TODO alt text

USRobotics MAXg ADSL2 Networking Kit review

A stable and productive piece of kit

Jump to Section:

Our Verdict

A decent solution to your wireless range woes

For

  • Feature-rich

    Easy to install

    Intuitive

Against

  • Expensive

    Not the latest in wireless technology

We've seen combined ADSL modem router and USB adaptor packs before and we're still not convinced of their usefulness. Almost every laptop has built-in wireless capability, while we reckon that most desktops are usually plugged into routers rather than being wireless-enabled.

However, the inclusion of an extra adaptor could still prove useful. That's because this kit brings another technology into play: US Robotics' MAXg.

Unlike just about every other wireless manufacturer, the American firm has eschewed experimental kit based on a draft version of the new 802.11n wireless specification, instead opting to wring all the possible bandwidth and range out of the existing 802.11g wireless standard.

The company launched MAXg back in 2005, at which time it argued that the technology was cheaper than the draft-802.11n kit that everyone else was bringing out. That's at least a half-truth. What can't be denied is that MAXg does help in the one crucial area for home wireless networking: range. Ah, that old chestnut...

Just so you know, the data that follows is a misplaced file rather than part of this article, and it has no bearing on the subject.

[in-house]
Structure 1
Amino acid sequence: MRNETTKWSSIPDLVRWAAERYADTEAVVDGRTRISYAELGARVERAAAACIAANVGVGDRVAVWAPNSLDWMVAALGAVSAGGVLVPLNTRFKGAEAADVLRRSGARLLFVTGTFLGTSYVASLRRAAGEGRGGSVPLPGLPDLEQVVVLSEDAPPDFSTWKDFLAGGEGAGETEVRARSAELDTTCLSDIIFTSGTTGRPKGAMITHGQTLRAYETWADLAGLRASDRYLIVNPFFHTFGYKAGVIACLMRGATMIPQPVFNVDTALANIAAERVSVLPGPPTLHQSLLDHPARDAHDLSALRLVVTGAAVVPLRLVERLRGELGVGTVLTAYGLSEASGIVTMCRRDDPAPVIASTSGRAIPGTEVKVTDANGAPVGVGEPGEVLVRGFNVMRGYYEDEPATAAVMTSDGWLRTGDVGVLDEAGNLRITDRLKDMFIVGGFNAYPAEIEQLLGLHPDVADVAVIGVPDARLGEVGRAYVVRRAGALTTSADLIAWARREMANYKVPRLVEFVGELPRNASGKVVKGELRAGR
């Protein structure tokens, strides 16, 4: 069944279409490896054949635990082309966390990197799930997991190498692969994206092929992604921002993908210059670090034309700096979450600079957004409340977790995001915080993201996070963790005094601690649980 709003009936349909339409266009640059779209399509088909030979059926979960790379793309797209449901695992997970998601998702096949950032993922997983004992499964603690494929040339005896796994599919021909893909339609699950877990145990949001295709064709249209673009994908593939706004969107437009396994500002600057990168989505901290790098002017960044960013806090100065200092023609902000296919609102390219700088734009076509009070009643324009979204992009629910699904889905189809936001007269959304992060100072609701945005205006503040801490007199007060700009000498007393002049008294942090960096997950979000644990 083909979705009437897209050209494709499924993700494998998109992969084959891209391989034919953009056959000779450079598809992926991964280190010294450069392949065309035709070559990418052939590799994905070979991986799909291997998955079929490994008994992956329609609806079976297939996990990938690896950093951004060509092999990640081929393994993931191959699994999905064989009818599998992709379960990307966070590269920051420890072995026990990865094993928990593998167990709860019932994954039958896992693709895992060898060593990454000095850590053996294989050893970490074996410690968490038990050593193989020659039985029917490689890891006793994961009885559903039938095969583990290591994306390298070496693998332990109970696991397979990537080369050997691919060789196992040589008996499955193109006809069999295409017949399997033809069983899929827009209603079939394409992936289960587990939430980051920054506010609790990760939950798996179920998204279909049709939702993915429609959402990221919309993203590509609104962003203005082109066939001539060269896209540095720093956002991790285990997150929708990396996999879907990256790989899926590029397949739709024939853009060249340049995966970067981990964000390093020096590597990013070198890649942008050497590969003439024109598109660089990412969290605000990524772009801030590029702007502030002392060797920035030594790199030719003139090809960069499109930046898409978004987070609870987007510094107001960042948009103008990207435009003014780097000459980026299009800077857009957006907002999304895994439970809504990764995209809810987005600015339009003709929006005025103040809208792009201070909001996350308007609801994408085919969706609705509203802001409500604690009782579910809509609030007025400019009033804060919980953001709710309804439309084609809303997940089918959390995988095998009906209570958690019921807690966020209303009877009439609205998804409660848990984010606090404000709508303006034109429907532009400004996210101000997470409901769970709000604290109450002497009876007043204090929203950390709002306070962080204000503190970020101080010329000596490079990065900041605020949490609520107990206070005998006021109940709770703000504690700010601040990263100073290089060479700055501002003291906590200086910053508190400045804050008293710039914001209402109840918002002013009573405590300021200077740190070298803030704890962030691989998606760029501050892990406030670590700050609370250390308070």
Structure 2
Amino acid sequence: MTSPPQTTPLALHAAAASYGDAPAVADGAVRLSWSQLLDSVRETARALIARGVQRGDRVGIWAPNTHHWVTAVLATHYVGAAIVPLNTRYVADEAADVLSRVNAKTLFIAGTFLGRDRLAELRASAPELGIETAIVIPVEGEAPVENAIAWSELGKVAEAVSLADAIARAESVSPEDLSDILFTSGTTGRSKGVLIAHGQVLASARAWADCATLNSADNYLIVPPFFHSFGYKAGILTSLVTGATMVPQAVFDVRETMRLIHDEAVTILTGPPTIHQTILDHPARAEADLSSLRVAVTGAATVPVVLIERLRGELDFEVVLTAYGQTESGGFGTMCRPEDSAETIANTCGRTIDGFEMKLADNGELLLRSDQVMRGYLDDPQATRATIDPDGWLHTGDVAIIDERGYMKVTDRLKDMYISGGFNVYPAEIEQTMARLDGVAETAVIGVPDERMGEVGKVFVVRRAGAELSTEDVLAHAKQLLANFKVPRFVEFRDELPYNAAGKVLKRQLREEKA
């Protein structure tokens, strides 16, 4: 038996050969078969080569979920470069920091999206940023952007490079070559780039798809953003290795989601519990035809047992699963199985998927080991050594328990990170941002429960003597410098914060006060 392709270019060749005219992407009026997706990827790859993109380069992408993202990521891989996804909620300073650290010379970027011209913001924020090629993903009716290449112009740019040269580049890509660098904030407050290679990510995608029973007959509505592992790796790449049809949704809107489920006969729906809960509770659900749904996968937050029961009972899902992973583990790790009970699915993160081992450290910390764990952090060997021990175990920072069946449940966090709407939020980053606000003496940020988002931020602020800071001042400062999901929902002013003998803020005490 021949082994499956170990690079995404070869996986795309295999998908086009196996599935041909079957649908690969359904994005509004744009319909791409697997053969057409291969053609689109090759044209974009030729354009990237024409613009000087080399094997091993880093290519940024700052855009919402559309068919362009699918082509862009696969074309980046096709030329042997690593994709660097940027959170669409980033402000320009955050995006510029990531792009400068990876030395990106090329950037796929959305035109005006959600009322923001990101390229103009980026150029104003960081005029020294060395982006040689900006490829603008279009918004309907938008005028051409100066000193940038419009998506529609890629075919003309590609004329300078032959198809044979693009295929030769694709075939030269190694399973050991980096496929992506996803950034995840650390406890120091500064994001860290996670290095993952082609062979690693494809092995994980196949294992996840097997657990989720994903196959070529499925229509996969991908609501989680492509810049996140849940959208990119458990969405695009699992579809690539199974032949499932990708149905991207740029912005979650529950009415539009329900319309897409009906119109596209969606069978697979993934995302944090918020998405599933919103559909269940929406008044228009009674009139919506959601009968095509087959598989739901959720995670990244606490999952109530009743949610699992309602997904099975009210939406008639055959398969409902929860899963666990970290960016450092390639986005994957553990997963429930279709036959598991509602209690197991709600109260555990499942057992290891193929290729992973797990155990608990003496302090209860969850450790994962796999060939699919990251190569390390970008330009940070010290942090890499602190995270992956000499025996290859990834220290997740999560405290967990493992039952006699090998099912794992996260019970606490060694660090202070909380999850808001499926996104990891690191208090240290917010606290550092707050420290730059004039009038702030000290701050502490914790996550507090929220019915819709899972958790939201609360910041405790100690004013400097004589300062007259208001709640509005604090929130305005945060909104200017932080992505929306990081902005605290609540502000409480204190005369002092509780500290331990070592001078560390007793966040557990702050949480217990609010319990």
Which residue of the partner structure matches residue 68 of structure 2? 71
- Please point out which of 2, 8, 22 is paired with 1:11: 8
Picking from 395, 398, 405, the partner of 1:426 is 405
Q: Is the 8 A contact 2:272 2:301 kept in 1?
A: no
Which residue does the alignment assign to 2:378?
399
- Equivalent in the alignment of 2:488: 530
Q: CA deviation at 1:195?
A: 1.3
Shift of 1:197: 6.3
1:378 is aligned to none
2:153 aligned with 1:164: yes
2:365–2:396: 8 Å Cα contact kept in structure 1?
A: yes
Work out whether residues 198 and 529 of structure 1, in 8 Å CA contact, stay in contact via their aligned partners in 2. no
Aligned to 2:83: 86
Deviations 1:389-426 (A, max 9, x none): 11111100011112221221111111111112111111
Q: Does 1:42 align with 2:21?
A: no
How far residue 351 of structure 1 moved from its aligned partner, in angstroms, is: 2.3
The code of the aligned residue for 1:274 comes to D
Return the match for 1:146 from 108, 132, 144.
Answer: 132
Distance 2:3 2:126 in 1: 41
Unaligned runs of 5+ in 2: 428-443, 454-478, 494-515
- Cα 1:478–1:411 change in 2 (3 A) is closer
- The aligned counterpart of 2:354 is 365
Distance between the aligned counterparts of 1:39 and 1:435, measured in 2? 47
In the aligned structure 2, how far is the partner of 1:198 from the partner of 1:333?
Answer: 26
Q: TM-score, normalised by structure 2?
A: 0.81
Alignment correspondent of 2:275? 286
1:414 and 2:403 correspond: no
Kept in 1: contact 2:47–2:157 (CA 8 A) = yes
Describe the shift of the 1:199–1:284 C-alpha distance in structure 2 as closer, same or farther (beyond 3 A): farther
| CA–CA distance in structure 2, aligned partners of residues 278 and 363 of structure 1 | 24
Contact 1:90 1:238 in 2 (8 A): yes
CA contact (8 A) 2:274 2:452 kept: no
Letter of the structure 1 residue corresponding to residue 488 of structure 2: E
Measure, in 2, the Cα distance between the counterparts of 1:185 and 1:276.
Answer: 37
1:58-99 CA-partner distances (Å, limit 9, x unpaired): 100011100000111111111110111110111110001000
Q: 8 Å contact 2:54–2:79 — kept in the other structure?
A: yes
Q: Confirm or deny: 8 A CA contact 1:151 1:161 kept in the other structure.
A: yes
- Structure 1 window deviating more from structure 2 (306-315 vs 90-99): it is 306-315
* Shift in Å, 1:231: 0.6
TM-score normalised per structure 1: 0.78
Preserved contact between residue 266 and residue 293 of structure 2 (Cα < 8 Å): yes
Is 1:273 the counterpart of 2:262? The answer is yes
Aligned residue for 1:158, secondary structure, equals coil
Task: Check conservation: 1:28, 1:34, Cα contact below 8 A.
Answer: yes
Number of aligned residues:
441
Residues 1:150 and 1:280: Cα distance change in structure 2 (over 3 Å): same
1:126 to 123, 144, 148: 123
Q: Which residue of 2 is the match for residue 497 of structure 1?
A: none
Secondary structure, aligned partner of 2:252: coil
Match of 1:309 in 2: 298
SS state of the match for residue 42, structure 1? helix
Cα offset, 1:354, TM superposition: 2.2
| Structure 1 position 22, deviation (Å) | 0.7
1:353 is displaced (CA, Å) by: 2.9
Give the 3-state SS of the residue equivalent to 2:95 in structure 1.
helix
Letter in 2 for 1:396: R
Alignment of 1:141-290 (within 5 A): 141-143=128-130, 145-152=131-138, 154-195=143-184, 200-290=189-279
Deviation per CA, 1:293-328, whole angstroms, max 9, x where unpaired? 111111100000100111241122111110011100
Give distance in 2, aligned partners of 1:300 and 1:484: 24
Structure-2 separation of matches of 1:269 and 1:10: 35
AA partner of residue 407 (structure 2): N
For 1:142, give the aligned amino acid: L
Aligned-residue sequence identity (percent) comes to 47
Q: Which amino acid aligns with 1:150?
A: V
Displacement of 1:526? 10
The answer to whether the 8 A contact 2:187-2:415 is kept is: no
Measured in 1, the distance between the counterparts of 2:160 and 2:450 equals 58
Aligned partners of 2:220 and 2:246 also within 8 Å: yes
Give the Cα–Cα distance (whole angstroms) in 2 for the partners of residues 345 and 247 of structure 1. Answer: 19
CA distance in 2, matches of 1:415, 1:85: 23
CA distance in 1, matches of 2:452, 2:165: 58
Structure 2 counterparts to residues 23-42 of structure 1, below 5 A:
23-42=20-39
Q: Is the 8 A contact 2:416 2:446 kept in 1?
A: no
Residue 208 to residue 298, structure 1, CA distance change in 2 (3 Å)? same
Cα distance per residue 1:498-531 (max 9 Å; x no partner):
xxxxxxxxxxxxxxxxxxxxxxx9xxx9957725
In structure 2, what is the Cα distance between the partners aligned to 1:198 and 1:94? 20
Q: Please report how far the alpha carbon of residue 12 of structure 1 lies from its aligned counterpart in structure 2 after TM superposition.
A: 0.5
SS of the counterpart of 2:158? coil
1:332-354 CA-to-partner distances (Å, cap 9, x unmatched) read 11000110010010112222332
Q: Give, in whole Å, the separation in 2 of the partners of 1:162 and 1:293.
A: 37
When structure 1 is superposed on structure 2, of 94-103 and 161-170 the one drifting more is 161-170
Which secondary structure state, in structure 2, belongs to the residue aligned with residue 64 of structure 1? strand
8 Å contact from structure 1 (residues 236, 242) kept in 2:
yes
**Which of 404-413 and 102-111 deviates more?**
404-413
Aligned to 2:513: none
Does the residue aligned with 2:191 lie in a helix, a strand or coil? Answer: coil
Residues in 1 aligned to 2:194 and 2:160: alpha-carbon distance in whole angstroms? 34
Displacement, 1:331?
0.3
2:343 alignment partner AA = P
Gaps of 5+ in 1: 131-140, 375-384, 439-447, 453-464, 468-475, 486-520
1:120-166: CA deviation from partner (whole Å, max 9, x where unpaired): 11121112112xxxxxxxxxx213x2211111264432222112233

If you've experienced problems in the past obtaining a signal in the garden, then MAXg will certainly help. Yet there's the paradox with this kit. On the one hand it's being promoted as a starter kit, but to understand why you want it probably assumes that you're already familiar with wireless technology.

To get the most out of MAXg you'll have to connect MAXg adaptors to all of your wireless-enabled machines. If that sounds too much, as it probably will, then don't despair. The device will still extend range to your non-MAXg devices - a Centrino laptop, for example. The router is available separately for 63 pounds, so the 23 pound price premium for the MAXg USB adaptor isn't excessive.

Improved interface

There's still a problem with the cost, but it lies with the 63 pounds portion instead. Seeing that most 802.11g-based wireless kit is now as common as a Starbucks coffee bar, the competition is red hot and prices are falling. For example, you can now purchase an 802.11g ADSL modem router for less than 40 pounds from Amazon.

So it's a good job that USR has upped its game in other areas. As far as setup goes, things have vastly improved compared to older USR kit. Within the EasyConfigurator, select UK and your ISP, and away you go. If you don't have a big name ADSL ISP, don't worry, the router will just attempt to use the most common settings. It can't be underestimated how much of a step forward this is for USR in terms of usability.

The bad news, if there should be any, is that we've seen it before in other kit and it's long overdue an appearance here. The instruction manuals and installation CDs for the kit are also separate for the router and USB adaptor, as if to emphasise that there are two things being sold together rather than a single entity.

The router is fairly feature-heavy. As well as the usual four wired Ethernet ports at the back of the router, there's also a USB port for print sharing. Then there's support for new standards such as WPA2 security and ADSL2.

Whether you should buy this kit depends on whether you need the extra range provided by it and, indeed, whether you need the USB adaptor. If you want just a bit of extra range then buy the router on its own instead and save yourself the extra 20 pounds.